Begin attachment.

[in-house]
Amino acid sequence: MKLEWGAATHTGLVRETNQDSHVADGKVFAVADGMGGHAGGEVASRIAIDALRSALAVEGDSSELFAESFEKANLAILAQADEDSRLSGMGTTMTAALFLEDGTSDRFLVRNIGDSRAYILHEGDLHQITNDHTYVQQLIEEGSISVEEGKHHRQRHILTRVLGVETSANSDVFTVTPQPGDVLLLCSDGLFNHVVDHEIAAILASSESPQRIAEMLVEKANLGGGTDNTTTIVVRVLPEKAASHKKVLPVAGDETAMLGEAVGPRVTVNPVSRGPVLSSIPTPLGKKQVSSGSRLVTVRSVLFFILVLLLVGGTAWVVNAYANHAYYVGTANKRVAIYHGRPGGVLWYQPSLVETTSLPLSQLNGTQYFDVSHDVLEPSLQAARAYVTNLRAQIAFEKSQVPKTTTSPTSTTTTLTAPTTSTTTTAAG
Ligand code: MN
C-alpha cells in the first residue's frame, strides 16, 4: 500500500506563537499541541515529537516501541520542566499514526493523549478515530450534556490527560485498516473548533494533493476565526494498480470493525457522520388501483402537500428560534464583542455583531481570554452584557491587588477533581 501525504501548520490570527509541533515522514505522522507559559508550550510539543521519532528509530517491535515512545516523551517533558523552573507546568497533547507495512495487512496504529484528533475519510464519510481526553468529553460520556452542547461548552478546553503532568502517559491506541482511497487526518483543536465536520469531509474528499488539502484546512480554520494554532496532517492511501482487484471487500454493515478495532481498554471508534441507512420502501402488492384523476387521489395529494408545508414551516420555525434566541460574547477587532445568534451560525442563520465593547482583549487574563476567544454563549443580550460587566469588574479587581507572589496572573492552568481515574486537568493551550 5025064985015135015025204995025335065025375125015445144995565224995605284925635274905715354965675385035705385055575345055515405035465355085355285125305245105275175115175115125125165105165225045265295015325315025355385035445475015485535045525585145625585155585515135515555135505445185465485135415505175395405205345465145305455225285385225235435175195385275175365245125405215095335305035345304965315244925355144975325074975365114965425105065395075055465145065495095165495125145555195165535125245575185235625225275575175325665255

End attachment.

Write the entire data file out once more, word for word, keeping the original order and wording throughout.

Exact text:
[in-house]
Amino acid sequence: MKLEWGAATHTGLVRETNQDSHVADGKVFAVADGMGGHAGGEVASRIAIDALRSALAVEGDSSELFAESFEKANLAILAQADEDSRLSGMGTTMTAALFLEDGTSDRFLVRNIGDSRAYILHEGDLHQITNDHTYVQQLIEEGSISVEEGKHHRQRHILTRVLGVETSANSDVFTVTPQPGDVLLLCSDGLFNHVVDHEIAAILASSESPQRIAEMLVEKANLGGGTDNTTTIVVRVLPEKAASHKKVLPVAGDETAMLGEAVGPRVTVNPVSRGPVLSSIPTPLGKKQVSSGSRLVTVRSVLFFILVLLLVGGTAWVVNAYANHAYYVGTANKRVAIYHGRPGGVLWYQPSLVETTSLPLSQLNGTQYFDVSHDVLEPSLQAARAYVTNLRAQIAFEKSQVPKTTTSPTSTTTTLTAPTTSTTTTAAG
Ligand code: MN
C-alpha cells in the first residue's frame, strides 16, 4: 500500500506563537499541541515529537516501541520542566499514526493523549478515530450534556490527560485498516473548533494533493476565526494498480470493525457522520388501483402537500428560534464583542455583531481570554452584557491587588477533581 501525504501548520490570527509541533515522514505522522507559559508550550510539543521519532528509530517491535515512545516523551517533558523552573507546568497533547507495512495487512496504529484528533475519510464519510481526553468529553460520556452542547461548552478546553503532568502517559491506541482511497487526518483543536465536520469531509474528499488539502484546512480554520494554532496532517492511501482487484471487500454493515478495532481498554471508534441507512420502501402488492384523476387521489395529494408545508414551516420555525434566541460574547477587532445568534451560525442563520465593547482583549487574563476567544454563549443580550460587566469588574479587581507572589496572573492552568481515574486537568493551550 5025064985015135015025204995025335065025375125015445144995565224995605284925635274905715354965675385035705385055575345055515405035465355085355285125305245105275175115175115125125165105165225045265295015325315025355385035445475015485535045525585145625585155585515135515555135505445185465485135415505175395405205345465145305455225285385225235435175195385275175365245125405215095335305035345304965315244925355144975325074975365114965425105065395075055465145065495095165495125145555195165535125245575185235625225275575175325665255